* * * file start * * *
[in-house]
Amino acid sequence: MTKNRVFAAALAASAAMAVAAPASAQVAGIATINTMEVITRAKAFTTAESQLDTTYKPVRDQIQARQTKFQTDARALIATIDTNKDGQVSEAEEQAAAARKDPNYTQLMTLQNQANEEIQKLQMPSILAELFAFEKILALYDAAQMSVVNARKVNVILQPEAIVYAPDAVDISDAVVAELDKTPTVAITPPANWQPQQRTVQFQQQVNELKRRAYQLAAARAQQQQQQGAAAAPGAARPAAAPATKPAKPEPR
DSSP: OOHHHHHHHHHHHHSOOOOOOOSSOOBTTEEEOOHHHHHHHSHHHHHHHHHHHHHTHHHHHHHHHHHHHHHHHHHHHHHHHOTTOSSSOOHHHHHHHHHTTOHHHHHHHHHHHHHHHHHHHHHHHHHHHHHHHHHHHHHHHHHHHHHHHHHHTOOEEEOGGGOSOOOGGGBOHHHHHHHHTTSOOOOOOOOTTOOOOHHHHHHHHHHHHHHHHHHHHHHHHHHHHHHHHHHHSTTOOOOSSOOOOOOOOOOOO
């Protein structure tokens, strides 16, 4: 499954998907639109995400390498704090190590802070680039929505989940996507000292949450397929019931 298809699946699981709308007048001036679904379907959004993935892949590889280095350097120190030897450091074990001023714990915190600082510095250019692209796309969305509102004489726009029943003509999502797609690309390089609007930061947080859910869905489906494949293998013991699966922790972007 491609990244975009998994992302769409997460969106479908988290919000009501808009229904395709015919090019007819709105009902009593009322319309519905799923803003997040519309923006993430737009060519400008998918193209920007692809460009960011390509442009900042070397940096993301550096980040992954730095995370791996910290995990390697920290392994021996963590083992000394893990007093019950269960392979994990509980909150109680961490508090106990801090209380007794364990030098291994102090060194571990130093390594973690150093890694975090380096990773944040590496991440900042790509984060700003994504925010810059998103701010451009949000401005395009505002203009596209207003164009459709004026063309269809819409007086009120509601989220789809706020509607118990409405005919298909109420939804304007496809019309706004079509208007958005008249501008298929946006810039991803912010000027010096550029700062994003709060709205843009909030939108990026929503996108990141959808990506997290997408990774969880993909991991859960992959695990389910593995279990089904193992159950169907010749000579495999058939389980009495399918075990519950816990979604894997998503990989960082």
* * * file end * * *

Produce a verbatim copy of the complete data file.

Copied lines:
[in-house]
Amino acid sequence: MTKNRVFAAALAASAAMAVAAPASAQVAGIATINTMEVITRAKAFTTAESQLDTTYKPVRDQIQARQTKFQTDARALIATIDTNKDGQVSEAEEQAAAARKDPNYTQLMTLQNQANEEIQKLQMPSILAELFAFEKILALYDAAQMSVVNARKVNVILQPEAIVYAPDAVDISDAVVAELDKTPTVAITPPANWQPQQRTVQFQQQVNELKRRAYQLAAARAQQQQQQGAAAAPGAARPAAAPATKPAKPEPR
DSSP: OOHHHHHHHHHHHHSOOOOOOOSSOOBTTEEEOOHHHHHHHSHHHHHHHHHHHHHTHHHHHHHHHHHHHHHHHHHHHHHHHOTTOSSSOOHHHHHHHHHTTOHHHHHHHHHHHHHHHHHHHHHHHHHHHHHHHHHHHHHHHHHHHHHHHHHHTOOEEEOGGGOSOOOGGGBOHHHHHHHHTTSOOOOOOOOTTOOOOHHHHHHHHHHHHHHHHHHHHHHHHHHHHHHHHHHHSTTOOOOSSOOOOOOOOOOOO
């Protein structure tokens, strides 16, 4: 499954998907639109995400390498704090190590802070680039929505989940996507000292949450397929019931 298809699946699981709308007048001036679904379907959004993935892949590889280095350097120190030897450091074990001023714990915190600082510095250019692209796309969305509102004489726009029943003509999502797609690309390089609007930061947080859910869905489906494949293998013991699966922790972007 491609990244975009998994992302769409997460969106479908988290919000009501808009229904395709015919090019007819709105009902009593009322319309519905799923803003997040519309923006993430737009060519400008998918193209920007692809460009960011390509442009900042070397940096993301550096980040992954730095995370791996910290995990390697920290392994021996963590083992000394893990007093019950269960392979994990509980909150109680961490508090106990801090209380007794364990030098291994102090060194571990130093390594973690150093890694975090380096990773944040590496991440900042790509984060700003994504925010810059998103701010451009949000401005395009505002203009596209207003164009459709004026063309269809819409007086009120509601989220789809706020509607118990409405005919298909109420939804304007496809019309706004079509208007958005008249501008298929946006810039991803912010000027010096550029700062994003709060709205843009909030939108990026929503996108990141959808990506997290997408990774969880993909991991859960992959695990389910593995279990089904193992159950169907010749000579495999058939389980009495399918075990519950816990979604894997998503990989960082």